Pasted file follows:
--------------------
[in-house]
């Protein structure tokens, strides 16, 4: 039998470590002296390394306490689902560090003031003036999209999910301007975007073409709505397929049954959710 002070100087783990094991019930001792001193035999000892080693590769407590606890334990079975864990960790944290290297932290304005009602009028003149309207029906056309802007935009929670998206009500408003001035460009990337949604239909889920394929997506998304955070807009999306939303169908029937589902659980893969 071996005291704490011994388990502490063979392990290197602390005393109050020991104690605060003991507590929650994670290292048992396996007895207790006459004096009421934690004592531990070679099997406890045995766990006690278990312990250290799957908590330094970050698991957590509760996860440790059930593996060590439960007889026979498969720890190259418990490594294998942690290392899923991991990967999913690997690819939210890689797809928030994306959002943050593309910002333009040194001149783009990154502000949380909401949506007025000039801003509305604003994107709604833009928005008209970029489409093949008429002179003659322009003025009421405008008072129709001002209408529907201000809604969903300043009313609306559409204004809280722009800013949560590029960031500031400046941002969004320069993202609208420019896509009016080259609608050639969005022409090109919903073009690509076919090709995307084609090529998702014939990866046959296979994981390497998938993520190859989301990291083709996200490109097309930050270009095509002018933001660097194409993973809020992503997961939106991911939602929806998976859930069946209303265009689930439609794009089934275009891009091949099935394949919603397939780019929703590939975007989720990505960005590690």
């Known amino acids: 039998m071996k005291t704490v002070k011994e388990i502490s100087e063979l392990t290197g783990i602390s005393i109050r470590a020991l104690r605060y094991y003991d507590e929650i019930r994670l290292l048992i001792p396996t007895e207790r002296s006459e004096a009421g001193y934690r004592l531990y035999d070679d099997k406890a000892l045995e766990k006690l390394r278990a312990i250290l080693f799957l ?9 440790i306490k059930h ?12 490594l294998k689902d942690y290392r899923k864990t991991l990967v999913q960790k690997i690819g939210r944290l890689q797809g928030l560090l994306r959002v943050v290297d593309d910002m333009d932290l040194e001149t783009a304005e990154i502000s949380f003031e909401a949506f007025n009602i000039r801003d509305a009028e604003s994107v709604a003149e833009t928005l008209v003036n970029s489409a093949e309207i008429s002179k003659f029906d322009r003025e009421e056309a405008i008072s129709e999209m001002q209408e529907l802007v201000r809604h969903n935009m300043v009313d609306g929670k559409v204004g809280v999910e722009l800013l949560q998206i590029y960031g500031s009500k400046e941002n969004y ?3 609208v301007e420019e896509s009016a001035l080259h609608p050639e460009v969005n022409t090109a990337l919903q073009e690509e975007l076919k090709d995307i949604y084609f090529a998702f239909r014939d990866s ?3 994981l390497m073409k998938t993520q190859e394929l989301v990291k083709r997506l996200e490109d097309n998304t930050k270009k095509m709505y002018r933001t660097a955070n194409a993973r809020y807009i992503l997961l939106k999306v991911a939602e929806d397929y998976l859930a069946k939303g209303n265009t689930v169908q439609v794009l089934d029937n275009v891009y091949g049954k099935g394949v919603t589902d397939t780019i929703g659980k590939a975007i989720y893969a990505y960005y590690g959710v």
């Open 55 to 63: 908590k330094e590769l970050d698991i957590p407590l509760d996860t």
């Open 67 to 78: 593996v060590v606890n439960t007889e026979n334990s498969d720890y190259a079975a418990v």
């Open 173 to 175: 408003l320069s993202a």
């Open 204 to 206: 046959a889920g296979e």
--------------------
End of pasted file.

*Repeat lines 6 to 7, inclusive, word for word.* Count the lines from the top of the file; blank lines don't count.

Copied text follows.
């Open 173 to 175: 408003l320069s993202a």
């Open 204 to 206: 046959a889920g296979e």